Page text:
*I’m letting my girls help with the blogging today. The title was Annika’s and I’ll let Lucy and Elise pitch in too. They want colors, so we will color coordinate.
Annika: Right when I first saw it snowing, it was just snowing a tiny bit. But then it started snowing like a snowstorm. And I was so excited! But the further we got on the trip, it wasn’t so snowy.
Lucy: We tried to ice skate
Elise: Daddy is scared of the snow
I was more than a little worried as we loaded into our car Friday morning and the snow started to come down. I kept thinking “what kind of crazy people are we, taking our small children camping while there is a blizzard outside?!”
I’m at the tent. We had fun roasting marshmallows.
It was warm in the tent, even though it was cold outside.
I liked sleeping in my sleeping bag.
My fears eased up when we arrived in Capitol Reef with the sun shining brightly. It was still cold, but we were all smiles.
This hike went to an arch. And we had so much fun at the arch, I almost didn’t want to leave. But then we did. My favorite part was seeing the arch and seeing the river.
My favorite part was eating M&Ms.
My favorite part was eating M&Ms and camping and going over the bridge.
The hike to Hickman bridge was so beautiful in the evening light. As I was looking back through my pictures, I realized that I must be the most annoying Mom to hike with; I’m constantly making my kids stop for a picture. I have a picture for every 10 feet of trail on this hike. The light was just so wonderful, and I was just so happy to be outside with my family. They’re good sports to put up with me.
Traveling with kids can be exasperating at times, but wonderful in so many ways. It’s funny – we’re constantly pointing out to our kids all the things they should find interesting. “Look at that arch! Look how high the canyon walls are! Do you see those Native American petroglyphs?” Yet my girls were most entertained playing in the sand and rocks, and climbing up walls. Kids are a good reminder to slow down, and appreciate the beautiful and enjoyable things right in front of us. They force me to remember that pushing to the destination is not as important as enjoying the experience along the way.
Since we left our house in a blizzard, and the forecast called for below freezing temperatures, we were more than a little worried about the weather. I even called to make sure there was a hotel with room available, just in case we were freezing. It really wasn’t so bad during the day (as long as we were wearing long underwear, hats and gloves), but it did get quite chilly at night. We rushed to get dinner warmed up, but even though it started at a boil, my soup was freezing again before I could eat it. I huddled with the girls around the fire while Brad set up the tent, and we roasted marshmallows, which was unanimously the favorite part of the weekend for our girls.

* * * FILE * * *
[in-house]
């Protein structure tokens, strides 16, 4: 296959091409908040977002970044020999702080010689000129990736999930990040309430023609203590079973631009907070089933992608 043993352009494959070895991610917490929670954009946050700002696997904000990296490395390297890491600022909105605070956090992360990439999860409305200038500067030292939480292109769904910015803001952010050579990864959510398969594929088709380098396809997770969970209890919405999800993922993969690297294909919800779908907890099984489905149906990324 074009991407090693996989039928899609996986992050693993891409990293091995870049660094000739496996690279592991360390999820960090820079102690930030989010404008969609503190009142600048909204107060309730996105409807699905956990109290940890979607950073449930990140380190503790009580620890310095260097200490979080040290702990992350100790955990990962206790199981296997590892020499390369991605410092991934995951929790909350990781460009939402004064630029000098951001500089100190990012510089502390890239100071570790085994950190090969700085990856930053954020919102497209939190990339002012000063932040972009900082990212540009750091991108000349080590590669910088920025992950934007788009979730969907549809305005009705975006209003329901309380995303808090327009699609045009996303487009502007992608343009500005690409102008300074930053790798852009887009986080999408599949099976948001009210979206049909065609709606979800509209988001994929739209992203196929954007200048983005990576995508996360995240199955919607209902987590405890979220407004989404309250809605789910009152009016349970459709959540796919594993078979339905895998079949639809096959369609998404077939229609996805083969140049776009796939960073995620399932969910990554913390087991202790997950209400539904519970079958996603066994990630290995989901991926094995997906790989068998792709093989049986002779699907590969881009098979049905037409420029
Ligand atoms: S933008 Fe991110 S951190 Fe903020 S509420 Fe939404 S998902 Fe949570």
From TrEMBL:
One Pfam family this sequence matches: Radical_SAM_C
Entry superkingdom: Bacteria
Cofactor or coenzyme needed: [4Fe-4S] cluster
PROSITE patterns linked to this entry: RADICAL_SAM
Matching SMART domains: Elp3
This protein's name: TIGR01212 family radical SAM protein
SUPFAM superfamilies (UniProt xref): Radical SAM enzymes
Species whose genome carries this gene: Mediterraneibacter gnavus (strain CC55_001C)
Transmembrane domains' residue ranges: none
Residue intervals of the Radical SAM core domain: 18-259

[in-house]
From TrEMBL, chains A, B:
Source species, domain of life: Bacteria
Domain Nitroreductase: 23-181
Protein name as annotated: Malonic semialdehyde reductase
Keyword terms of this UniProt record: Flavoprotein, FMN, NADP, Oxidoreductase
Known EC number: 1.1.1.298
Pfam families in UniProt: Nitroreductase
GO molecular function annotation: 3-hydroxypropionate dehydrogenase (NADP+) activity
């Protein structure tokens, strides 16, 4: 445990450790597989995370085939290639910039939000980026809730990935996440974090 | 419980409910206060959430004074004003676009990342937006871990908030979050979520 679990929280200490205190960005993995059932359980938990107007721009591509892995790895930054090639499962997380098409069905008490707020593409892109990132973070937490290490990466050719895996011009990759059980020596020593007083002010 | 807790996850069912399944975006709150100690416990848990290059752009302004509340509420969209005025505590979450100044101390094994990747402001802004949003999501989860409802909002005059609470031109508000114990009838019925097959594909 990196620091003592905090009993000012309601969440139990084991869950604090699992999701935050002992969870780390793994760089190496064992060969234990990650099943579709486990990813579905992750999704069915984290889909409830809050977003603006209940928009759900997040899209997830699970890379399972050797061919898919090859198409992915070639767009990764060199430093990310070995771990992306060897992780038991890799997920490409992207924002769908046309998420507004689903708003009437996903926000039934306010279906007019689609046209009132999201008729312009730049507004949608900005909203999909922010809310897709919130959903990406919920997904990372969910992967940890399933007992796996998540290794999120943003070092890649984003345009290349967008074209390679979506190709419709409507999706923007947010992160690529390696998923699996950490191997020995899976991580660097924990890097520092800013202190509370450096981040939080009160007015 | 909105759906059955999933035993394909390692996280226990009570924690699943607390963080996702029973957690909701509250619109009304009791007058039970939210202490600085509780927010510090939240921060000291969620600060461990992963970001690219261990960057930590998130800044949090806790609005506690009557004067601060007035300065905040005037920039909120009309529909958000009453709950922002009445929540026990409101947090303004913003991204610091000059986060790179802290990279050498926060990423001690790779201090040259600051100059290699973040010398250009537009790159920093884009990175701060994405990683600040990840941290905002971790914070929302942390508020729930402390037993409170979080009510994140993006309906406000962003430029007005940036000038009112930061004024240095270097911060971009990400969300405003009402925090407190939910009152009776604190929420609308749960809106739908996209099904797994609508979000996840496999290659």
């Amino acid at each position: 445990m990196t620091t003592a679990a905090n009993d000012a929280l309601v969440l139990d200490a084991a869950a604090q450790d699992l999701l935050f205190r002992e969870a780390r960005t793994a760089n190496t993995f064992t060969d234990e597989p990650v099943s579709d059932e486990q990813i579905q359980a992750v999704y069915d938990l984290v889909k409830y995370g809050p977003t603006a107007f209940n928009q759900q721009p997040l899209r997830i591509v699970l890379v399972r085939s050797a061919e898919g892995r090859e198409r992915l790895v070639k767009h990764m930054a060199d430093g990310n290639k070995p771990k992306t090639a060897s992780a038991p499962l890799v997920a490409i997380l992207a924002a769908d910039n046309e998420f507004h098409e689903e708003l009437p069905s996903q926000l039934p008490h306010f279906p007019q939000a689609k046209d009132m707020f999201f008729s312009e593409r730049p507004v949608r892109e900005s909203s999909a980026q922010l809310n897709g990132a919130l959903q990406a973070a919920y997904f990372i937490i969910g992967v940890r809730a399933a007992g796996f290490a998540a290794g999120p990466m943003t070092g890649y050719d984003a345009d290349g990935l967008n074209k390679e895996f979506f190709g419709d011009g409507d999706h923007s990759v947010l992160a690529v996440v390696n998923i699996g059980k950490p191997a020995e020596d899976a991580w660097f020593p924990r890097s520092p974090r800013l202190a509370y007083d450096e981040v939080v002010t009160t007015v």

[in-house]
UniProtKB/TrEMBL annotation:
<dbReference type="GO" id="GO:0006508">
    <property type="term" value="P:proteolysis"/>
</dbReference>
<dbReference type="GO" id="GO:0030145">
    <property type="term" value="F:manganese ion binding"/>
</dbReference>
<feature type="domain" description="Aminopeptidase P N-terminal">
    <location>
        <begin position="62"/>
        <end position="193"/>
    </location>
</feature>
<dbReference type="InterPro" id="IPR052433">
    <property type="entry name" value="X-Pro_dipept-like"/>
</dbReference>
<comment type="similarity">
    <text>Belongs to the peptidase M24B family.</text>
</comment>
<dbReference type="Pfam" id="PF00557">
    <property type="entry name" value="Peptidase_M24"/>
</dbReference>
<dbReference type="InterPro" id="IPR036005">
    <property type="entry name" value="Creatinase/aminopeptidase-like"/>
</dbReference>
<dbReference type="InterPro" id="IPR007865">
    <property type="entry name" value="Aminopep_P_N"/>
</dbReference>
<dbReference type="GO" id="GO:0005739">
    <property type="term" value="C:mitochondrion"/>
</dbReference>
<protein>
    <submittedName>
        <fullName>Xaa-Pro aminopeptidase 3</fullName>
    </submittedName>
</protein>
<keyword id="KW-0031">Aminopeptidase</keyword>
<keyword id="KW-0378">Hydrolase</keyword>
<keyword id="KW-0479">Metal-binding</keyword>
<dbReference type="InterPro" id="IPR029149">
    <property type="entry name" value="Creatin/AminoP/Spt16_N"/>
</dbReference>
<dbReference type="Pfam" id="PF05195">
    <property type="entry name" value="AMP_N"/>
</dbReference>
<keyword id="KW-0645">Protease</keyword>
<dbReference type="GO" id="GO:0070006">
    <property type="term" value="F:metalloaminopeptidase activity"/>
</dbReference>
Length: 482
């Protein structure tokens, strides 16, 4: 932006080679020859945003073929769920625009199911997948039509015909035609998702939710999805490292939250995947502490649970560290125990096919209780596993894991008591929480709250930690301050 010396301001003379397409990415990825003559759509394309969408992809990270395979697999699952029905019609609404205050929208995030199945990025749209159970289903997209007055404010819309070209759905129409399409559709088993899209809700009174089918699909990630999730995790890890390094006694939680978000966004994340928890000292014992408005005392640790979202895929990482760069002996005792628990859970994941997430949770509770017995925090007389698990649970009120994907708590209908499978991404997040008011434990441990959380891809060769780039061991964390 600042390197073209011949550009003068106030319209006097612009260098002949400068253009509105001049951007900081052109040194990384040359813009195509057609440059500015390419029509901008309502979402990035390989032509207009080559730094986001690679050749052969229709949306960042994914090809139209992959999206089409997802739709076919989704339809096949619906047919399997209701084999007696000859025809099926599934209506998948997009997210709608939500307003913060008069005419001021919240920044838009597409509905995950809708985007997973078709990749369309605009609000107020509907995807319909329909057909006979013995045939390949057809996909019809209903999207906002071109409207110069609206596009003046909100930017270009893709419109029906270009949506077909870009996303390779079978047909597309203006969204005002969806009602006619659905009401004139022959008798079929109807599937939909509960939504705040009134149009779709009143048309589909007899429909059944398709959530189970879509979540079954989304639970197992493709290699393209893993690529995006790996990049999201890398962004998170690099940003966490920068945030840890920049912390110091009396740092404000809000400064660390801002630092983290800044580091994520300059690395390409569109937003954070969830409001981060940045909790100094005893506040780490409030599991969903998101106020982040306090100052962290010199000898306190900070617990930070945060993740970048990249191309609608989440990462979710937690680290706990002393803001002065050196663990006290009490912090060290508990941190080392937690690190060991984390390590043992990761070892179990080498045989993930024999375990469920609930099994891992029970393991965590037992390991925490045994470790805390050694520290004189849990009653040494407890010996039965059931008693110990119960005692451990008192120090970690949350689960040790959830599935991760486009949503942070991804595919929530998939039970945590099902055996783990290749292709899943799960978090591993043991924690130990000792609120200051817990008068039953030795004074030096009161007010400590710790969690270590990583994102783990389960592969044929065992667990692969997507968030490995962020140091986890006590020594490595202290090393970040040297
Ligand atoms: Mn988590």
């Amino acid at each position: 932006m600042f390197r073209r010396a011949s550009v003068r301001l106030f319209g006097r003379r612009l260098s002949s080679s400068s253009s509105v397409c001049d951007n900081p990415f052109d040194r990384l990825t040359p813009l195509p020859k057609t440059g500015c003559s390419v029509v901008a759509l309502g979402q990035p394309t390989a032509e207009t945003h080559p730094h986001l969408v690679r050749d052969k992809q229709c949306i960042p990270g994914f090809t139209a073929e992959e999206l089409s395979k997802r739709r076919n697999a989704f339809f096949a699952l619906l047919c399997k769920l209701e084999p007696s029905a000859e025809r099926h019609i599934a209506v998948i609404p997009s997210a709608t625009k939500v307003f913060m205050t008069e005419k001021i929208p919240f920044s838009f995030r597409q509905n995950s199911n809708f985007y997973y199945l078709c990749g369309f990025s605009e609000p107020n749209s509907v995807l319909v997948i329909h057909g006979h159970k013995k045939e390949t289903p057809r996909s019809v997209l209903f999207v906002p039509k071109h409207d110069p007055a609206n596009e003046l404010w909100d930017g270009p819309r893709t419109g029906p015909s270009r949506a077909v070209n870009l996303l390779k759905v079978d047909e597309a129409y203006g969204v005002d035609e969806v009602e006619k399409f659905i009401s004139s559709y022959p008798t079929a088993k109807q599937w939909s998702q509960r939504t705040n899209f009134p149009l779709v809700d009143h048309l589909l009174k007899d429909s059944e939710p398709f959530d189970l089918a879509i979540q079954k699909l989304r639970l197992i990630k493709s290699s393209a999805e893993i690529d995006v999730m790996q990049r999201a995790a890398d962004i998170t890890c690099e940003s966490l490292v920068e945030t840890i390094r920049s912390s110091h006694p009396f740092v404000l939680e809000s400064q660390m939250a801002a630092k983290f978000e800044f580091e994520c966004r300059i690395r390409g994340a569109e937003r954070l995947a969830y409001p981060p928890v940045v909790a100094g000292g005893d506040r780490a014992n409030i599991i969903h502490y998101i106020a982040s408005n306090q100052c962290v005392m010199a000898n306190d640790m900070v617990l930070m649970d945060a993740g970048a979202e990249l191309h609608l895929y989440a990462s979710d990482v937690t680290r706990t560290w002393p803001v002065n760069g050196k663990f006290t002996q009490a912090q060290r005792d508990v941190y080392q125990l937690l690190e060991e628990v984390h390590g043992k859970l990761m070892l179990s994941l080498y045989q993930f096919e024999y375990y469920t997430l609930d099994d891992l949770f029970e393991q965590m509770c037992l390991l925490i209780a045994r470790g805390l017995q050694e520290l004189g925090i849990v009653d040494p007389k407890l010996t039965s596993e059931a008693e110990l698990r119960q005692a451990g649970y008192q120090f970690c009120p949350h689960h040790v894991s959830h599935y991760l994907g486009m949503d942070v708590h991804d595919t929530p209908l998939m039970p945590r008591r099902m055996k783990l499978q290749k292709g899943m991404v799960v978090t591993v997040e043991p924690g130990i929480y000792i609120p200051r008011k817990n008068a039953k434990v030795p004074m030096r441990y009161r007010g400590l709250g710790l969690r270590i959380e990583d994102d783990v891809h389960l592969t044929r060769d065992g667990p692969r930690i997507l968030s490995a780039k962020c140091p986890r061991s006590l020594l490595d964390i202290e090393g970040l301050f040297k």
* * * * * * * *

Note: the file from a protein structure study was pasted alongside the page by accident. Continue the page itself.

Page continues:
I really liked the fire, it was warm, and roasting marshmallows.
With blankets piled under us and a down comforter on top of my down sleeping bag, it was actually one of my best nights of sleep in a tent – ever. Annika climbed into Brad’s sleeping bag sometime in the early morning, so I’m not sure his experience was as enjoyable as mine. The early morning was the coldest part of our trip – so Brad just turned the heat on in the car, and the girls were warm and toasty while they ate their breakfast. Problem solved.
That’s silly that we had S’mores in the morning.
Yes, Annika, it is silly. But we were camping. And it was cold. And who doesn’t want s’mores at 9 am?
I liked when we were going in the little bit wider canyons, but not the super skinny ones. I got stuck on the way back down.
Saturday morning started with a hike up to Cohab Canyon – once you climb up into the canyon there are a few little tiny slot canyons to explore. It might have been my favorite part of the weekend. I think Annika enjoyed it too – until she got stuck and scraped her side, and I haven’t heard the end of it since. It’s a terrible wound, you know, and requires new bandages a couple times a day.
The pie was yummy, but Elise didn’t let me have any of her pie.
The current location of the campground was once the site of a very isolated Mormon pioneer community. One of the farmhouses still stands, and now serves as part museum, part gift shop where they sell justifiably famous pies. We got two and they didn’t last long. On our way home we asked the girls what their favorite part of the trip was, and Lucy was quick to respond that eating pie was her favorite part. She takes after her Mom. Food makes or breaks a vacation, you know.
Capitol Reef was fun because it had a little bit of everything – Native American ruins and petroglyphs, pioneer cabins, slot canyons, arches, and some great hikes.
There is nothing like camping and hiking to completely wear out your kids.
I liked the Indian carvings. My Mom thought there weren’t going to be any, but there were actually some Indian carvings, and also some Pioneer names on the walls.
We squeezed in a scenic drive and one last hike before we had to head home. In Capitol Reef they have two roads that actually drive into the slot canyons. I’ve hiked a lot of canyons, but I found it a little disconcerting to drive my car past the sign that warned of flash floods. We didn’t get flooded, we had a cold, yet enjoyable hike, and after filling up on some gourmet burgers in the tiny town of Torrey, we made it home late Saturday night. Not bad for a weekend getaway.